RYE, N.Y. Sound Shore residents blasted the toll hikes anticipated on the new $5.2 billion bridge that will replace the Tappan Zee at a community outreach meeting at the Rye Free Reading Room in Rye on Thursday night.
The meeting was one in a series held by the state to gauge reaction to the bridge expected to need no maintenance in its first 100 years.
The toll could cost $14 for general drivers, an increase from todays $5, and $8.40 for commuters, an increase from todays $3, when the new bridge open in 2015. An Eastchester resident asked whether the state would consider homogenizing toll prices throughout the state. Its kind of a hefty price to pay, she said.
The tolls would have to be raised on the Tappan Zee Bridge, said Larry Schwartz, secretary to Gov. Andrew Cuomo. The truth is, theres only one choice that make sense, he said. If the state repaired the existing bridge, tolls could still rise to $12. If a mass transit system were added onto the bridge, such as a Bus Rapid Transit System, the tolls could hit nearly $30 per trip.
Thomas Madison, executive director of the New York State Thruway Authority, warned the crowd about a Bus Rapid Transit System. I dont think youd want to live through [construction] again. But thats exactly what we would be required to do because there would be a massive construction project on the highway before we even get to the bridge.
In the past decade, $750 million has been spent on the current Tappan Zee Bridge. The assembled panel told residents that long-term maintenance of the bridge is not a good option.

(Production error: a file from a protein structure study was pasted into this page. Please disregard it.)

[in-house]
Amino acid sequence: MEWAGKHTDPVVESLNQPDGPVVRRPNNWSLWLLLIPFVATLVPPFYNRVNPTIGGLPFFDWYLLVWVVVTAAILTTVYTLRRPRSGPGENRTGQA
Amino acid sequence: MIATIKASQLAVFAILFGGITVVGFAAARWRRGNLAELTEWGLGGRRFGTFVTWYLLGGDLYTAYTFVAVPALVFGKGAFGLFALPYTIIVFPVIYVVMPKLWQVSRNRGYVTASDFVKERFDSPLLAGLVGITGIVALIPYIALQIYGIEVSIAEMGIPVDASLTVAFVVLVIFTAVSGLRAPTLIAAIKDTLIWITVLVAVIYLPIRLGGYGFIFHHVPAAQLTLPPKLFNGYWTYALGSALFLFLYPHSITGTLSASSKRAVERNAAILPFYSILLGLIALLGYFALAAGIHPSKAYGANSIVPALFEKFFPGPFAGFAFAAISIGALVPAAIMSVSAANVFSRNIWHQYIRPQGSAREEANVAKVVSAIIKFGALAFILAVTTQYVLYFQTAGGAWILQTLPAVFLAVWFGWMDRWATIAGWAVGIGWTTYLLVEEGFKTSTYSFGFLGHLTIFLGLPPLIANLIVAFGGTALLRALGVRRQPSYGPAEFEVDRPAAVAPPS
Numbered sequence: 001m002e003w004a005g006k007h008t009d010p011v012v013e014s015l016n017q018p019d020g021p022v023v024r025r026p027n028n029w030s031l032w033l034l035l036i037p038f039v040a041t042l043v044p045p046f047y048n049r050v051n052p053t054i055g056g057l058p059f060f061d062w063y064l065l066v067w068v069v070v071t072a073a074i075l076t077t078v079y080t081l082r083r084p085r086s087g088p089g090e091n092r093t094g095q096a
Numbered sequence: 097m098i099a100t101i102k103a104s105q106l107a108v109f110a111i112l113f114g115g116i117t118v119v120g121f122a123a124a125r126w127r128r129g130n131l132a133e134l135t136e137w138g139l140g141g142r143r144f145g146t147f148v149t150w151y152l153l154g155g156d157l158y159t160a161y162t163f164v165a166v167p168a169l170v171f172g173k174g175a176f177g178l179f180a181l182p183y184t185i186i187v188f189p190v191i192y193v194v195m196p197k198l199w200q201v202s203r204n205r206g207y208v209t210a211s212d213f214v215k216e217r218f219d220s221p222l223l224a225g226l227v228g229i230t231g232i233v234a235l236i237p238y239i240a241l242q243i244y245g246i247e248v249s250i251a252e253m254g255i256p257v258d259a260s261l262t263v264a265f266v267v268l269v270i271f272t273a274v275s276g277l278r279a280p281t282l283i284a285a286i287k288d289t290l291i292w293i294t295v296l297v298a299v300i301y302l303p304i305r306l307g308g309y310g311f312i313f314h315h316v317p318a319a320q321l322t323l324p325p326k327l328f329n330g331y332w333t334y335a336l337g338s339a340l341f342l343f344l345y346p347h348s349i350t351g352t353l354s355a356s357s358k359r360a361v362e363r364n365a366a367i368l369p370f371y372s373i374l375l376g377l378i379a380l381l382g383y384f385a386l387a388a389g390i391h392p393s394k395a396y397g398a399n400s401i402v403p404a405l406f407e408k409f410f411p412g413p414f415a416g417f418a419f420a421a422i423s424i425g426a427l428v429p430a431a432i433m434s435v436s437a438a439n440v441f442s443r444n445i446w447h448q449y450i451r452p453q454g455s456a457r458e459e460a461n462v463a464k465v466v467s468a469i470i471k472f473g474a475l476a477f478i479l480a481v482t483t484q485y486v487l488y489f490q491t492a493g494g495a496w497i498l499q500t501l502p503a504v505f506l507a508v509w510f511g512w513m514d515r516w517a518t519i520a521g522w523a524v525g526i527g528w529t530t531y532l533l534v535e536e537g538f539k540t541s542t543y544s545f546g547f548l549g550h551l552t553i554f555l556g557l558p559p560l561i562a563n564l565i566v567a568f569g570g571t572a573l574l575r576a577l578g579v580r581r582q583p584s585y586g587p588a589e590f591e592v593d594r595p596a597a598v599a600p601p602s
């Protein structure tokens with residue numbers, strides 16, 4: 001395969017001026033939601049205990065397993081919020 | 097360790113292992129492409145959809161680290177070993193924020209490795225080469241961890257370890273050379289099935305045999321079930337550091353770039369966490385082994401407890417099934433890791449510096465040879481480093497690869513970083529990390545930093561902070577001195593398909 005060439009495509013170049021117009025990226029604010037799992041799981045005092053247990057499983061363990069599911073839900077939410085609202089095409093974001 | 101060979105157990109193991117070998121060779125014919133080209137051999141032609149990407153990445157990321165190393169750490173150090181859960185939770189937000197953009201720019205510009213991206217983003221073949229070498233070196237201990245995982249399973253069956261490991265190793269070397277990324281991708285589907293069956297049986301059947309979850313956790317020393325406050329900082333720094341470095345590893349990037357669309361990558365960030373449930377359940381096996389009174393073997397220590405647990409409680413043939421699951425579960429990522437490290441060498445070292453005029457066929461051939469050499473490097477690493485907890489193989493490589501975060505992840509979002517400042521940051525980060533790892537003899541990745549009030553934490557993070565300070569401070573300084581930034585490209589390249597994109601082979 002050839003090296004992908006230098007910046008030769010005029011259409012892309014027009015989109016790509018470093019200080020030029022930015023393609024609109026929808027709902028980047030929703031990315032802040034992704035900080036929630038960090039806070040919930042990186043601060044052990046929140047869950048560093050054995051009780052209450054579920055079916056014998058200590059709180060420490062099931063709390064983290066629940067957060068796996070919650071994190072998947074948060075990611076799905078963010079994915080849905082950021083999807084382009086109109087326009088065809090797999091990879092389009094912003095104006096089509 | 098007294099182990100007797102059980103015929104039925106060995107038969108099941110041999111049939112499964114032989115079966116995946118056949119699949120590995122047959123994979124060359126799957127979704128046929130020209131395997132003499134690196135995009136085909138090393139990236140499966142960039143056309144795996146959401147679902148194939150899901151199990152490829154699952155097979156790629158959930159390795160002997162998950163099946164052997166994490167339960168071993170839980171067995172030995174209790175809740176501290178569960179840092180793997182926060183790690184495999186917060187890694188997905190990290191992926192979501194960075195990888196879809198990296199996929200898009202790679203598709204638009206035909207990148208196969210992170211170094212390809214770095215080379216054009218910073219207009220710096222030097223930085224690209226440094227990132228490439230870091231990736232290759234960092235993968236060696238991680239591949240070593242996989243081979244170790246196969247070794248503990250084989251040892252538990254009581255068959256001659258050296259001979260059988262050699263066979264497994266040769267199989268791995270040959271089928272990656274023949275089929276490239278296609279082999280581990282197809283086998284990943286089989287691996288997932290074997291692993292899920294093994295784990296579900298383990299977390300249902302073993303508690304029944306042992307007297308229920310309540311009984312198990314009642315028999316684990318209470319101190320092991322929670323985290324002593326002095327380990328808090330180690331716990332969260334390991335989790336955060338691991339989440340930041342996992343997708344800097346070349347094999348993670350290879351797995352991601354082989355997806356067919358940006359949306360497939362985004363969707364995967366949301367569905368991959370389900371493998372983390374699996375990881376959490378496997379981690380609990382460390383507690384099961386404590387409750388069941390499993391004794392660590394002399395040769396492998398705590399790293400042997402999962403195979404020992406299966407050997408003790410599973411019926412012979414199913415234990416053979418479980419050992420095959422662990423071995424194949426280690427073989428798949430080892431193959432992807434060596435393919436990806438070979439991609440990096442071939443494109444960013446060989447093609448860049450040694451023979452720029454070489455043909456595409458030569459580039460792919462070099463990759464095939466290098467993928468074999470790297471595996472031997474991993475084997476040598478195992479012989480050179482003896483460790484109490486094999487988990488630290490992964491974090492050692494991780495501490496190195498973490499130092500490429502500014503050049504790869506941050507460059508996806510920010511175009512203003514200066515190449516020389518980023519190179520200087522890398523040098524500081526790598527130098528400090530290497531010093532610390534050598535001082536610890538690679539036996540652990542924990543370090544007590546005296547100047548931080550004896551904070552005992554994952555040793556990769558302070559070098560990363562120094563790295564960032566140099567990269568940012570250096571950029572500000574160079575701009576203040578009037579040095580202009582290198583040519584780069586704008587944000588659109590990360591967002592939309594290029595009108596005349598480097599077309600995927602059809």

It would still be unsafe, said Schwartz. You wouldnt have shoulders or a breakdown lane you wouldnt have anything expect a bridge with Band-Aids.
Charmian Neary, a Rye resident who said she commutes regularly, asked how the tolls would improve congestion but said she was happy about the new bridge. Im excited about it, and this is impressive, she said.
Most questions Thursday night focused on the cost of the project, except one: Nearys young son Russ Gardner submitted a question asking whether the bridge would be demolished using explosives. The answer was no, the Tappan Zee Bridge would be dismantled in pieces that would most likely be taken away on barges.
The new bridge is expected to include eight traffic lanes, dedicated lanes and shoulders for emergency vehicles, a dedicated bus lane, a pedestrian walkway/bikeway, high-tech sensors provide real-time data on traffic and road conditions, and improved toll collection and E-ZPass lanes.
For more information on the new bridge visit www.newnybridge.com or call 855 TZ BRIDGE.
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